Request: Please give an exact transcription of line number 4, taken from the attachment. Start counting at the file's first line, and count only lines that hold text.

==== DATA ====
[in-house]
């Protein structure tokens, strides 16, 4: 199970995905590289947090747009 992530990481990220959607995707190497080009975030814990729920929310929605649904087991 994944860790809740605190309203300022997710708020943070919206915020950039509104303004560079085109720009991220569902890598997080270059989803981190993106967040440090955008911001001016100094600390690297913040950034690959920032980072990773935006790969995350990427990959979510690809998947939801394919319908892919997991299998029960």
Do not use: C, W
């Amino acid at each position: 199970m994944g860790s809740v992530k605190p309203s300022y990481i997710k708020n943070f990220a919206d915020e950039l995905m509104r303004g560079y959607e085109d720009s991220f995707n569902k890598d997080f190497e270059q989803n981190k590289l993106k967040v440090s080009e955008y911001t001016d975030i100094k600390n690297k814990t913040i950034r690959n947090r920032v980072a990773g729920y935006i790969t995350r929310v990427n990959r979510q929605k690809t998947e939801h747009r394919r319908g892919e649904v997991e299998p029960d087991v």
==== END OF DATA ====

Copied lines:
């Amino acid at each position: 199970m994944g860790s809740v992530k605190p309203s300022y990481i997710k708020n943070f990220a919206d915020e950039l995905m509104r303004g560079y959607e085109d720009s991220f995707n569902k890598d997080f190497e270059q989803n981190k590289l993106k967040v440090s080009e955008y911001t001016d975030i100094k600390n690297k814990t913040i950034r690959n947090r920032v980072a990773g729920y935006i790969t995350r929310v990427n990959r979510q929605k690809t998947e939801h747009r394919r319908g892919e649904v997991e299998p029960d087991v």